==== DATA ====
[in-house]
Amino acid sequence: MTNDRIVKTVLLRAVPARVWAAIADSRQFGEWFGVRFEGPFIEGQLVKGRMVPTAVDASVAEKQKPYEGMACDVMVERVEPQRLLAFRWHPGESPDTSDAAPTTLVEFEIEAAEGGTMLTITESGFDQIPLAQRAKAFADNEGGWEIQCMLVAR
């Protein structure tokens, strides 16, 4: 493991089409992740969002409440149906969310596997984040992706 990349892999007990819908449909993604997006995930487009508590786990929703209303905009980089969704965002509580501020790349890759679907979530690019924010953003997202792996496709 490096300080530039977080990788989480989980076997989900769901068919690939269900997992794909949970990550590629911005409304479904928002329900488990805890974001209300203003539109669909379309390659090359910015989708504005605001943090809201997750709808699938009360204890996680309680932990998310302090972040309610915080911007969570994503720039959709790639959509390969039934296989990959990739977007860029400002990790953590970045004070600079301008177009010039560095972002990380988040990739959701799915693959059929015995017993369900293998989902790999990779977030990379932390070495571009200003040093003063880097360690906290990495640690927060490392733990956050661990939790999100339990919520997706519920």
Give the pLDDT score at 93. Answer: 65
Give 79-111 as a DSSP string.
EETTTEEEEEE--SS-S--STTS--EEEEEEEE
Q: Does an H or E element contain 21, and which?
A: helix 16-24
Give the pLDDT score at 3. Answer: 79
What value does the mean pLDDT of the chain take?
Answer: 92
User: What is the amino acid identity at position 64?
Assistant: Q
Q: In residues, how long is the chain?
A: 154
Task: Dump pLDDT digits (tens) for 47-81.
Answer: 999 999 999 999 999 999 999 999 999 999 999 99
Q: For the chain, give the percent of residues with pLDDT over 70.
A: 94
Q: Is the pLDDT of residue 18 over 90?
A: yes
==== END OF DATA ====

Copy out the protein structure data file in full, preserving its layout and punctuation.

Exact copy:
[in-house]
Amino acid sequence: MTNDRIVKTVLLRAVPARVWAAIADSRQFGEWFGVRFEGPFIEGQLVKGRMVPTAVDASVAEKQKPYEGMACDVMVERVEPQRLLAFRWHPGESPDTSDAAPTTLVEFEIEAAEGGTMLTITESGFDQIPLAQRAKAFADNEGGWEIQCMLVAR
């Protein structure tokens, strides 16, 4: 493991089409992740969002409440149906969310596997984040992706 990349892999007990819908449909993604997006995930487009508590786990929703209303905009980089969704965002509580501020790349890759679907979530690019924010953003997202792996496709 490096300080530039977080990788989480989980076997989900769901068919690939269900997992794909949970990550590629911005409304479904928002329900488990805890974001209300203003539109669909379309390659090359910015989708504005605001943090809201997750709808699938009360204890996680309680932990998310302090972040309610915080911007969570994503720039959709790639959509390969039934296989990959990739977007860029400002990790953590970045004070600079301008177009010039560095972002990380988040990739959701799915693959059929015995017993369900293998989902790999990779977030990379932390070495571009200003040093003063880097360690906290990495640690927060490392733990956050661990939790999100339990919520997706519920």
Give the pLDDT score at 93. Answer: 65
Give 79-111 as a DSSP string.
EETTTEEEEEE--SS-S--STTS--EEEEEEEE
Q: Does an H or E element contain 21, and which?
A: helix 16-24
Give the pLDDT score at 3. Answer: 79
What value does the mean pLDDT of the chain take?
Answer: 92
User: What is the amino acid identity at position 64?
Assistant: Q
Q: In residues, how long is the chain?
A: 154
Task: Dump pLDDT digits (tens) for 47-81.
Answer: 999 999 999 999 999 999 999 999 999 999 999 99
Q: For the chain, give the percent of residues with pLDDT over 70.
A: 94
Q: Is the pLDDT of residue 18 over 90?
A: yes